Is that holiday card recyclable? Often not. That's the "unglitzy" truth about greeting cards. Cards printed on photo paper or embellished with foil or glitter are beautiful - and ripe for reuse - but they don’t go in your Blue Cart.  Plain cards and wrapping paper can be recycled, just nothing glitzy. 

 Think reusable wrapping: Save resources (and money) and give your gifts a personal touch by reusing gift bags, wrapping with scarves or other fabrics, and using old newspapers, maps, calendars or paper bags and add a design yourself. 

Don’t bag your recyclables: You probably know that by now, but we’re still seeing a bunch of plastic bags in the recycling, so we’re going to keep harping on it. Plastic bags aren’t recyclable in the blue cart and paper bags don’t allow haulers to see if other non-recyclable materials are present. All items should be placed loosely in your Blue Cart without a bag. 

Recycle your (naked) tree: If you buy a live one, forgo the flocking and plan to "recycle" your tree by dropping it off at one of 26 Chicago Park District locations between January 7th and 21st during regular park hours. Be sure to remove all decorations beforehand. (Trees are turned into mulch, which is available to the public.)

Taking the conversation into the kitchen

Did you know food waste is the most common material sent to landfills in the U.S. and is a major producer of greenhouse gasses? Adopting a new habit or two in the kitchen will result in a big impact. 

Bring your own produce bags and containers: Just because a grocery store provides a plastic bag or container for your produce doesn’t mean you have to use it. Purchasing loose produce and bulk items with your own bags or containers allows you to buy only what you need, reduces waste and saves you money. Same goes for the meat counter.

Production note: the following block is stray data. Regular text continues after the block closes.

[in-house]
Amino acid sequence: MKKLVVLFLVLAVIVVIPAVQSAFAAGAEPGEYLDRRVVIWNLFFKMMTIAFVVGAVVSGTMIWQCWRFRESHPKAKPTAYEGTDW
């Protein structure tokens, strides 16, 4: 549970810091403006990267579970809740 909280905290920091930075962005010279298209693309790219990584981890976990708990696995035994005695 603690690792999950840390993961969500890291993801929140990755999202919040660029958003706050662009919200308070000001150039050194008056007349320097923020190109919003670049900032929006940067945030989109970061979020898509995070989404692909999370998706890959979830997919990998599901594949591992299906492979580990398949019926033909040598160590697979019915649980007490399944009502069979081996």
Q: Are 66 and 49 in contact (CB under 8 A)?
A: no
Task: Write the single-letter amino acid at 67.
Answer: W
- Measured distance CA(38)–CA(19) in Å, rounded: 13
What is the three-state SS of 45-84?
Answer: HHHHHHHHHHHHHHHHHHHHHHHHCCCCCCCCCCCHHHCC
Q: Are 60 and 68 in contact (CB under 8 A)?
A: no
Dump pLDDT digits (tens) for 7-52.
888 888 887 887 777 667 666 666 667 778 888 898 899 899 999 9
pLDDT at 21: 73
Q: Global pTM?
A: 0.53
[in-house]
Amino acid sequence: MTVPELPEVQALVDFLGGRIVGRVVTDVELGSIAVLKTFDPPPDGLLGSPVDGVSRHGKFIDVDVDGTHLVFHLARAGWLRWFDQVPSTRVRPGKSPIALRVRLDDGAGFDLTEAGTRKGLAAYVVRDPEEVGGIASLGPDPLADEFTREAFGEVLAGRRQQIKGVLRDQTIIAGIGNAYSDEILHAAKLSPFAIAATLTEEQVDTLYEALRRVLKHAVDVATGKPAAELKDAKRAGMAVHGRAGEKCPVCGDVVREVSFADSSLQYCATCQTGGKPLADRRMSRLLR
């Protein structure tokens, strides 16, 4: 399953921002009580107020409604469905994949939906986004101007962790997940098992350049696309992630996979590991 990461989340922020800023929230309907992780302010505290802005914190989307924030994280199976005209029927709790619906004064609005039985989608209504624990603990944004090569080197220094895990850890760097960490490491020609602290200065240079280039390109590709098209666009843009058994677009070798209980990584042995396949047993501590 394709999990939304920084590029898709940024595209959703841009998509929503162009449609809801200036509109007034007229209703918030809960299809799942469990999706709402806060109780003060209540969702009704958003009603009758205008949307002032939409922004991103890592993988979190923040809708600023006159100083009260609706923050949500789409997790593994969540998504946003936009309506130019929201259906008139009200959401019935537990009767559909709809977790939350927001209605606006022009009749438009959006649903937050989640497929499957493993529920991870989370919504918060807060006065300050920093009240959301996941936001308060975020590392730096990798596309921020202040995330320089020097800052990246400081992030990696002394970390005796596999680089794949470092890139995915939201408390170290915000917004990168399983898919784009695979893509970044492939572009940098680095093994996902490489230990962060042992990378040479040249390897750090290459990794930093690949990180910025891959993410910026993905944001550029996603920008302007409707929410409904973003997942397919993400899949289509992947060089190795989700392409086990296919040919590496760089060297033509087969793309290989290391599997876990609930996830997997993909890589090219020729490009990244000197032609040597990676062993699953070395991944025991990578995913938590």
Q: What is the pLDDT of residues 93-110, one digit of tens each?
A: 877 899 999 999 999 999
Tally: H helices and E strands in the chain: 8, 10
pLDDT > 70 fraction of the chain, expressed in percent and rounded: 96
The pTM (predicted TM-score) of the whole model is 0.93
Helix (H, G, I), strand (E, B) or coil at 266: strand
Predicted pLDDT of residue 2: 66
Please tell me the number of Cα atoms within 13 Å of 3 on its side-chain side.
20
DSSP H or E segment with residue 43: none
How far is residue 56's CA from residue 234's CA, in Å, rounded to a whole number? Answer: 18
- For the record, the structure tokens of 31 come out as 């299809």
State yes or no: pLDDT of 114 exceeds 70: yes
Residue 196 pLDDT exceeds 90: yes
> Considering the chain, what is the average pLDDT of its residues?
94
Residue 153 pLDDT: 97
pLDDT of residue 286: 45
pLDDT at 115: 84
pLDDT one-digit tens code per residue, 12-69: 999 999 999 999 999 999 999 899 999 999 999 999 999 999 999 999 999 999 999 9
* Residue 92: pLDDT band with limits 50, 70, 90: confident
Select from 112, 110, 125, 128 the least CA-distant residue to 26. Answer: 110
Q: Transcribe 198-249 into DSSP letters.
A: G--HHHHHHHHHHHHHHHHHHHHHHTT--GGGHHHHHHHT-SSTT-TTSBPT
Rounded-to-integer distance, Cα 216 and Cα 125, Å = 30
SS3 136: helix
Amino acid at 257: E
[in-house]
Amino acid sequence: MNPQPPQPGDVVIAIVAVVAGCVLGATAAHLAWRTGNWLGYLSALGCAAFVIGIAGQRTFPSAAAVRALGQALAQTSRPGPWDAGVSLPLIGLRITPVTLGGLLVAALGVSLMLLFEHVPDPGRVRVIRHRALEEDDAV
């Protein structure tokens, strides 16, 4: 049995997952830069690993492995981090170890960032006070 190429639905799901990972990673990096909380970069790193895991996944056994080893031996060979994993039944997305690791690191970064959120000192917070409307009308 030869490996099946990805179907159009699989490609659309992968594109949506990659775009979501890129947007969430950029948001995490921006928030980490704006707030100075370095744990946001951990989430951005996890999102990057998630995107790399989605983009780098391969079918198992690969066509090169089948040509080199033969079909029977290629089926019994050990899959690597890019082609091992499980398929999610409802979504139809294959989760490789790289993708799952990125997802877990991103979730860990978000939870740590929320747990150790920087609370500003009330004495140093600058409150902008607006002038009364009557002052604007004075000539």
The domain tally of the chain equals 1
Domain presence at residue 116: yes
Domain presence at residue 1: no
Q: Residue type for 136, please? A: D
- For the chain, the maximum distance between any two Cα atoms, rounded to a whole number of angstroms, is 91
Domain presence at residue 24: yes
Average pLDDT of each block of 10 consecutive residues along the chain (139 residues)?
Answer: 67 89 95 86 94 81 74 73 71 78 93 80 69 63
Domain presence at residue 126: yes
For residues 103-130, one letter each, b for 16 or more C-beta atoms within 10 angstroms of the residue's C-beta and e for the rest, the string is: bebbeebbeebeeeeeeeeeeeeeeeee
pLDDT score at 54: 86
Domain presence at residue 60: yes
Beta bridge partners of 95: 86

Think leftovers! The last thing anyone wants to do is run out of food, but oftentimes we end up with too much.  One solution is to ask guests to bring a container for leftovers or try the Guest-imator dinner party calculator so you can prepare just the right amount. 

Rinse, scrape or whatever it takes to clean your recyclables: Mmmmm, pie! Yes, that pie tin is recyclable but be sure to clean off the food residue of all food containers before recycling. Important to note: food-stained paper and cardboard are not recyclable.

Start composting!: You don’t need a bin in your backyard to compost. Chicago residents can subscribe to shared neighborhood bins or door-to-door services that start around $10 per month. Not only will you keep food out of the landfill, your garbage will no longer stink (trust us on that one).

Do dishes: Tossing everything — paper plates, utensils, cups and napkins — into the garbage at the end of a meal is certainly tantalizing. But besides being wasteful, continually buying disposable tableware gets to be expensive. Use washable plates and silverware instead. When guests offer to help — accept it! They’ll be glad to move the conversation into the kitchen and lend a hand.

That probably seems like a lot. But you don’t have to incorporate everything. Picking just a few new behaviors on this list can have a real impact on the amount of waste you produce this holiday season, and increases the chances they turn into life long habits.

Interested in learning more about reducing waste in your home? Check out our article Zero Waste 101: A beginner's guide.